Video by Tom Compagnoni
Special effects technician Dave Everett cocks his thumb towards the group of men working diligently towards the rise of the machines by breathing “almost a life into a dead piece of machinery”.
“Everybody is having a great time,” he said, grinning.
It's hard not to when you’re breathing life into your childhood fantasy. Twice a week, Everett and a group of like-minded hobbyists gather to build fully functioning replicas of familiar TV and film robots. And the occasional dragon.
Think scale model, remote controlled R2-D2s, the seven foot B-9 from Lost In Space, Mars rovers, Dr Who’s Daleks, huge fire breathing dragons for festivals and the occasional smoke breathing one for the more insurance conscious.
"A lot of it has to do with growing up with films and TV with robots on it, and we always wanted to build our own robots and now we're at the age where we can,” Everett told The Huffington Post Australia.
"We're trying to replicate everything we see in the movies. The heads have to move, the lights have to flash.”
FX technician Dave Everett says people are attracted to robot making because they breathe "almost a life into a dead piece of machinery.”
It’s not as hard as you’d think either, explain Everett and fellow robot builder Drew Pearce, as they survey a barely visible work bench loaded with laptops, electronic parts and tools.
All you need to get started on your own R2 droid is a stanley knife, some free blueprints and a family that won’t mind you carefully cutting shapes out of plastic for months at a time.
“It’s really simple, but like a lot of things, 80 percent of the time is in the last 20 percent of the detail -- getting all the painting right, all the little features -- and that’s taken me months,” Pearce said.
“You could build it on your dining room table, if you wanted to and your wife will allow you.
“The fact that he moves is just icing on the cake.”
Drew Pearce attaches R2-D2's head before demonstrating the home built droid's ability to move by remote control
It’s been a five year love affair for the professional draftsman – and the whirring astromech droid now whizzing around the workshop pretty much had Pearce at hello. Or at least at beep-eep-boop-doo-beep.
“When Star Wars came out I was 10 years old and one of the very first scenes you see is R2 D2 coming down the corridor,” he said.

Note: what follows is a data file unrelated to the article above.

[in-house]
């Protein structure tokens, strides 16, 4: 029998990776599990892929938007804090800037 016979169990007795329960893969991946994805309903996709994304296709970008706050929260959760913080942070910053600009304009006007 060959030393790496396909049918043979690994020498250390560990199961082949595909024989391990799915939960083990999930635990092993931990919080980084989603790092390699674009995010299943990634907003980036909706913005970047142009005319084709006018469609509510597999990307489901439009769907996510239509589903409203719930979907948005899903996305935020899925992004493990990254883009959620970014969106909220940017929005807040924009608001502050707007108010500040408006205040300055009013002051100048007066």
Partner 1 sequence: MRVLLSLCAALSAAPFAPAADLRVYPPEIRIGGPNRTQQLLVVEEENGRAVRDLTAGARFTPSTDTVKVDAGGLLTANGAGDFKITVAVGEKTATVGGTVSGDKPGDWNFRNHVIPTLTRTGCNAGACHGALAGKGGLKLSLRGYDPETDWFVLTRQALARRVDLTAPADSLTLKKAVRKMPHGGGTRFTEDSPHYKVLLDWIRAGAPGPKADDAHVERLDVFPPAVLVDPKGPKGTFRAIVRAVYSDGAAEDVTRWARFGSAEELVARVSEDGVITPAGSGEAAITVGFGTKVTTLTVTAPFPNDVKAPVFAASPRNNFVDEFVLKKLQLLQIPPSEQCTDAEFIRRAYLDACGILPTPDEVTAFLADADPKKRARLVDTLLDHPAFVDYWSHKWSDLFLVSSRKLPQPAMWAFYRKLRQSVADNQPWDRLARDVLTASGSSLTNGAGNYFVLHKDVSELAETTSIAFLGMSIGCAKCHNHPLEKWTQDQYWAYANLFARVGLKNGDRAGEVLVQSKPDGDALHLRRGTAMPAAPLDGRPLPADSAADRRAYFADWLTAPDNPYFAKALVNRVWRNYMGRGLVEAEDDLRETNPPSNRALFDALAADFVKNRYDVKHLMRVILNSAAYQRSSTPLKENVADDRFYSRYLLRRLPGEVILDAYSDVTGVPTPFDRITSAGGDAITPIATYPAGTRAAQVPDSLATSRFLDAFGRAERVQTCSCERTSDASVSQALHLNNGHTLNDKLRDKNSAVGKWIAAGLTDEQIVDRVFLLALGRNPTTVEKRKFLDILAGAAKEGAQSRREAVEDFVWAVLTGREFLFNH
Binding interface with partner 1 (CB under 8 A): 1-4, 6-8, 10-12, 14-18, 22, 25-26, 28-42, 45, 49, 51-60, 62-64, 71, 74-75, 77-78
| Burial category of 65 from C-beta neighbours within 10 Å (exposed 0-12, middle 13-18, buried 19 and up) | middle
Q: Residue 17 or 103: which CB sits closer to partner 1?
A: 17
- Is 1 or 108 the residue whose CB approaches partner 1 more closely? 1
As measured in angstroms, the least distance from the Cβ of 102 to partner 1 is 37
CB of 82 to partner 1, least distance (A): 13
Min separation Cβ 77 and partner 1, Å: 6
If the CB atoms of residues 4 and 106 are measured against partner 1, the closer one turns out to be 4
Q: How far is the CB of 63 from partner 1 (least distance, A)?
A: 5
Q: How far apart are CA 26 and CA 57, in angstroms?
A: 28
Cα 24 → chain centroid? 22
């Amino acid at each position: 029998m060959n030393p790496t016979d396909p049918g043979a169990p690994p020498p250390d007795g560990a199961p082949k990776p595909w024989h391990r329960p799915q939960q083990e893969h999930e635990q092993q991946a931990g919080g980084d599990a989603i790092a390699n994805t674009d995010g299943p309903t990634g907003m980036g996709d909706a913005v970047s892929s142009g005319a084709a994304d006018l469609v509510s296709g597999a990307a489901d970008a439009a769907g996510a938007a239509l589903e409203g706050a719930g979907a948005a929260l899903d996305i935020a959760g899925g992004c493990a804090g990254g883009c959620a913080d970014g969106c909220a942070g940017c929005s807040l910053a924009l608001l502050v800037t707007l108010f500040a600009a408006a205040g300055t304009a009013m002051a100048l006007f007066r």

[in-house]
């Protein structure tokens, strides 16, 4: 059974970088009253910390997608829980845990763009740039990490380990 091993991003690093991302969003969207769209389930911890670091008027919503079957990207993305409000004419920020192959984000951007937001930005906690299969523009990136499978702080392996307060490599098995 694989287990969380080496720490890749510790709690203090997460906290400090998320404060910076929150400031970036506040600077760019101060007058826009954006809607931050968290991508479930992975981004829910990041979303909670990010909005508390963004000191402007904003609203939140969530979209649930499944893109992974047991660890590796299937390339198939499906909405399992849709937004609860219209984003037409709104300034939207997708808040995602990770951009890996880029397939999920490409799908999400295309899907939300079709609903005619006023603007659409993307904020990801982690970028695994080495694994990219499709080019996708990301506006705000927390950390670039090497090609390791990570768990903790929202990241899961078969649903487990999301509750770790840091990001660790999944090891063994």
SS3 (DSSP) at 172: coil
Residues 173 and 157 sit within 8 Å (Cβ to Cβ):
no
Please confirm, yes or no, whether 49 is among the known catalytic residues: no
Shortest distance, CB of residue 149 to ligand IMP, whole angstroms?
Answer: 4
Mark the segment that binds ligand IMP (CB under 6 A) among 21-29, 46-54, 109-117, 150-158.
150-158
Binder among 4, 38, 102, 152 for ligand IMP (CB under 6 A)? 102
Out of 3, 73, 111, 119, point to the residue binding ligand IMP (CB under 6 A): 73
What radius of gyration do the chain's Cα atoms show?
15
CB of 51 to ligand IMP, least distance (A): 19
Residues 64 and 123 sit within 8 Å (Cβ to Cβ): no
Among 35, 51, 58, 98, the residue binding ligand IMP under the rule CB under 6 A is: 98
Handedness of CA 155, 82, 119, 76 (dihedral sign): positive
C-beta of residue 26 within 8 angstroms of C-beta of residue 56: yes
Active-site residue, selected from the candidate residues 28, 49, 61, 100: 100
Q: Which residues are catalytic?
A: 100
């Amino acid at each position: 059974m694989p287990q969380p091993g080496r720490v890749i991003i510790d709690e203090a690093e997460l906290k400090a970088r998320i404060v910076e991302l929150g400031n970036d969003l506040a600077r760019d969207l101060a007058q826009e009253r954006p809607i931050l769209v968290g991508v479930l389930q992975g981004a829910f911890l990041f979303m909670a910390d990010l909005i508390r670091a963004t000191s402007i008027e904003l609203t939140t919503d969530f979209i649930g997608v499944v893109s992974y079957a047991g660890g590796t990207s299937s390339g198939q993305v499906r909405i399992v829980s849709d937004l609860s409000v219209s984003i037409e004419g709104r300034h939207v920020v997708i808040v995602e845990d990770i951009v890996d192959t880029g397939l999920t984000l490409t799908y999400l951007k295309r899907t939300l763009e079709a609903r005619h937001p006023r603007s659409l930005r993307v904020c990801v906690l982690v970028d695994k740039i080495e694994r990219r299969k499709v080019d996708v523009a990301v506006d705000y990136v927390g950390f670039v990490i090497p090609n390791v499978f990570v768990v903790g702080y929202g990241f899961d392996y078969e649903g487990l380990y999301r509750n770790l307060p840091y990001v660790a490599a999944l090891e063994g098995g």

“No other movie at the time had this level of robots -- or portraying robots -- as a kid it was wow, and I always had a poster in my room and thought one day I’d get around to making him.”
The fact this remote controlled R2 moves comes from a bit of carefully crafted robotics smarts and an eye for what works.
R2’s metal dome turns thanks to old electric window motors, which sit snuggly next to a stretch of PVC piping that serves as the droid’s “spine”.
"Sid" -- a programmable, talking, robot made at the Sydney Robot Workshop.
The Sydney Robot Workshop -- currently a workspace in Gladesville in Sydney’s west -- has been up and running in one form or another for 12 years.
It started in Everett’s garage when a friend asked him to help with a project, one that quickly escalated to involve 10 friends.
“I think it allows people to explore areas that they probably have never been involved in before, because they’re not very interested by themselves,” Everett said, adding people who have joined the group often know nothing about robotics, but quickly pick up skills.
“When you put them in the context of a mobile, sensate robot, it starts to become a lot more interesting because you see almost a life in a dead piece of machinery.”
These robot makers are tinkering for fun and charity in a world where robots are starting to take centre stage in real life.
Australia will also host Robocup in 2019 -- a global competition with the aim of fielding a team of fully autonomous humanoid robots capable of defeating the World Cup-winning squad in a match governed by FIFA’s official rules by 2050.
Everett said he expects robots to become more a part of daily life in the coming years, but he isn’t scared of the machines rising quite yet.
"Thankfully, at the moment, the most danger you're in now from a robot is one falling on you. I wouldn't be too worried about them coming in the middle of the night any time soon,” he said.Suggest a correction